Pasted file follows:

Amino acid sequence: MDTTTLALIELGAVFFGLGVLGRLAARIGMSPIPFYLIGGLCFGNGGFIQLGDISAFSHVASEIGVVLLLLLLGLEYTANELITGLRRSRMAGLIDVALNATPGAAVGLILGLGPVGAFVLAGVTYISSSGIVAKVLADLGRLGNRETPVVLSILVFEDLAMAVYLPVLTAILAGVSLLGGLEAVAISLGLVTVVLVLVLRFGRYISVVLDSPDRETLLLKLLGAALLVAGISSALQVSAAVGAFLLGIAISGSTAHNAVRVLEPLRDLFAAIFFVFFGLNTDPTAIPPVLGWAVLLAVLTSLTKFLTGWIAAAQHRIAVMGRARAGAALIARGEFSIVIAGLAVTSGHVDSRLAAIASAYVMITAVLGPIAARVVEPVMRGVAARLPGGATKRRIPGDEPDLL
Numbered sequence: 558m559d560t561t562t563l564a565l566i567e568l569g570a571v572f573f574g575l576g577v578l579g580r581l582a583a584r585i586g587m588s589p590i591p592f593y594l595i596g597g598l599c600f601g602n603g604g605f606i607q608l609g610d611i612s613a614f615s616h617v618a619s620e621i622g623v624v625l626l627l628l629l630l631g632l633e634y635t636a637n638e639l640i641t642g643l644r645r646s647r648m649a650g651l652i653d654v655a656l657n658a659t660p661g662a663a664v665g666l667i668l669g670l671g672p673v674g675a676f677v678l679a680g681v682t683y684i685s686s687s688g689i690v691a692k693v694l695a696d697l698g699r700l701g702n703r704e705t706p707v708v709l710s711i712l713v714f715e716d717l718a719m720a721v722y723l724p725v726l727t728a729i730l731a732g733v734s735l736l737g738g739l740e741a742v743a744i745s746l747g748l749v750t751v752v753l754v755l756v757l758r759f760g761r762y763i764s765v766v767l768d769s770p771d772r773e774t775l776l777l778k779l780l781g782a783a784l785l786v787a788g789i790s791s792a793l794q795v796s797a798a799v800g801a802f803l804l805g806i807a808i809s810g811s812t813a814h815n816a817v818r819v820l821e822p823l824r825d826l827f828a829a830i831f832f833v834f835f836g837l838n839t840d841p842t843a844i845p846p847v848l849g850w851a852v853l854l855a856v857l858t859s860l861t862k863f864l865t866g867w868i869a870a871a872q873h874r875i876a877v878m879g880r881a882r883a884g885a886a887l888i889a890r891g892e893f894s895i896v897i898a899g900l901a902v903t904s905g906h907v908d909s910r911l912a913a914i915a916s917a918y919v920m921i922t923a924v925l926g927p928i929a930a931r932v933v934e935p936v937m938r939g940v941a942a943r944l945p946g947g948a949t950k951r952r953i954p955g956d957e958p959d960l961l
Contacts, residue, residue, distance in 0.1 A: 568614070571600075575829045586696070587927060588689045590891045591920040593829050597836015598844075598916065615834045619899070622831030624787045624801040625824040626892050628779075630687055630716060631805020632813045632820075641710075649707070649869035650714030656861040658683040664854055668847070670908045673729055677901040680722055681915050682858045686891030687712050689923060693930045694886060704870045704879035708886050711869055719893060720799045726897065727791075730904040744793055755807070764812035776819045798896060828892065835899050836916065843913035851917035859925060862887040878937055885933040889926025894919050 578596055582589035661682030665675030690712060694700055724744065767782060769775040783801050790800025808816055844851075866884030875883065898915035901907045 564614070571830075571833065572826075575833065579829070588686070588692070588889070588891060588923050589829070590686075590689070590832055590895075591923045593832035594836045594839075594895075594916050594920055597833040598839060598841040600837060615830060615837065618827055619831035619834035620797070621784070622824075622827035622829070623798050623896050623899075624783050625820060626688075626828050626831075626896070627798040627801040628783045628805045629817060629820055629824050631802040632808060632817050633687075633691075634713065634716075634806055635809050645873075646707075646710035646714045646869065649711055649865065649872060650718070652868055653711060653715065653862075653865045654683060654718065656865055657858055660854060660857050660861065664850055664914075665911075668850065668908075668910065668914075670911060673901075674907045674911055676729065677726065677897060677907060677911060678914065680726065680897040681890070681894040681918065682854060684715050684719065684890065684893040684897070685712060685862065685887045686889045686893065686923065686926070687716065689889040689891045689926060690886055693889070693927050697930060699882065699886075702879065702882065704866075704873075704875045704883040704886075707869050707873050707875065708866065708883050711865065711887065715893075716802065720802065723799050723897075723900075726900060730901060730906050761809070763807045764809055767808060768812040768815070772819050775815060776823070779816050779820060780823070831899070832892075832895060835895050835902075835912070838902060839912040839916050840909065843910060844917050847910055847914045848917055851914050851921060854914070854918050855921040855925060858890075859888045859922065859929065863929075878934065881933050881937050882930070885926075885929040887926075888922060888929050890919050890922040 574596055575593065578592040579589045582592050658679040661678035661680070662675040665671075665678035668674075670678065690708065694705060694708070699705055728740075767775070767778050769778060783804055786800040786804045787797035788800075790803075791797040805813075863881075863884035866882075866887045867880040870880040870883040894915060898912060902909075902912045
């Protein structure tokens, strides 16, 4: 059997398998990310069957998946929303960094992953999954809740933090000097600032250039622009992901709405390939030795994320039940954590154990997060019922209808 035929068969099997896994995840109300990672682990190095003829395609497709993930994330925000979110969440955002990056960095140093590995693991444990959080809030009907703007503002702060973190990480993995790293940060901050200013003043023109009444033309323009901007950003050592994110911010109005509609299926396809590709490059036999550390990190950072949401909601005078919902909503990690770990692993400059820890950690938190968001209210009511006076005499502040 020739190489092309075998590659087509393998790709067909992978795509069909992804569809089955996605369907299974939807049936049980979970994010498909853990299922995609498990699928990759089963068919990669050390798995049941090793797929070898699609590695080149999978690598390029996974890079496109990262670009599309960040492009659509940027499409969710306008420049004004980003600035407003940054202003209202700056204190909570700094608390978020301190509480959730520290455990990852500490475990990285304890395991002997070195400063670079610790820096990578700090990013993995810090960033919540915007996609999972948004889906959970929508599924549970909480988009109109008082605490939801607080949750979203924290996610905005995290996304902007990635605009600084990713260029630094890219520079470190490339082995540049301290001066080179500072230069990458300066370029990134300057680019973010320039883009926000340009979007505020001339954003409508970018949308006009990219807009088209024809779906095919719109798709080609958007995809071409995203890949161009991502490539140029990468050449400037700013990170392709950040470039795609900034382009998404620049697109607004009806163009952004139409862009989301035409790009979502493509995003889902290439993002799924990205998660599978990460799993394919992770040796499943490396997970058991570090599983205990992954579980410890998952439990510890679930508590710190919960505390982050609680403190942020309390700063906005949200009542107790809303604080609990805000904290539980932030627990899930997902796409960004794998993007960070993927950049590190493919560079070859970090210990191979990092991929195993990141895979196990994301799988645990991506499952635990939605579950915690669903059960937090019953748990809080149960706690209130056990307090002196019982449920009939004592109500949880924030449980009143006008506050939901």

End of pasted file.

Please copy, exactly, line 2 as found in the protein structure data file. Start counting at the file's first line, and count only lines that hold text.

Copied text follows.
Numbered sequence: 558m559d560t561t562t563l564a565l566i567e568l569g570a571v572f573f574g575l576g577v578l579g580r581l582a583a584r585i586g587m588s589p590i591p592f593y594l595i596g597g598l599c600f601g602n603g604g605f606i607q608l609g610d611i612s613a614f615s616h617v618a619s620e621i622g623v624v625l626l627l628l629l630l631g632l633e634y635t636a637n638e639l640i641t642g643l644r645r646s647r648m649a650g651l652i653d654v655a656l657n658a659t660p661g662a663a664v665g666l667i668l669g670l671g672p673v674g675a676f677v678l679a680g681v682t683y684i685s686s687s688g689i690v691a692k693v694l695a696d697l698g699r700l701g702n703r704e705t706p707v708v709l710s711i712l713v714f715e716d717l718a719m720a721v722y723l724p725v726l727t728a729i730l731a732g733v734s735l736l737g738g739l740e741a742v743a744i745s746l747g748l749v750t751v752v753l754v755l756v757l758r759f760g761r762y763i764s765v766v767l768d769s770p771d772r773e774t775l776l777l778k779l780l781g782a783a784l785l786v787a788g789i790s791s792a793l794q795v796s797a798a799v800g801a802f803l804l805g806i807a808i809s810g811s812t813a814h815n816a817v818r819v820l821e822p823l824r825d826l827f828a829a830i831f832f833v834f835f836g837l838n839t840d841p842t843a844i845p846p847v848l849g850w851a852v853l854l855a856v857l858t859s860l861t862k863f864l865t866g867w868i869a870a871a872q873h874r875i876a877v878m879g880r881a882r883a884g885a886a887l888i889a890r891g892e893f894s895i896v897i898a899g900l901a902v903t904s905g906h907v908d909s910r911l912a913a914i915a916s917a918y919v920m921i922t923a924v925l926g927p928i929a930a931r932v933v934e935p936v937m938r939g940v941a942a943r944l945p946g947g948a949t950k951r952r953i954p955g956d957e958p959d960l961l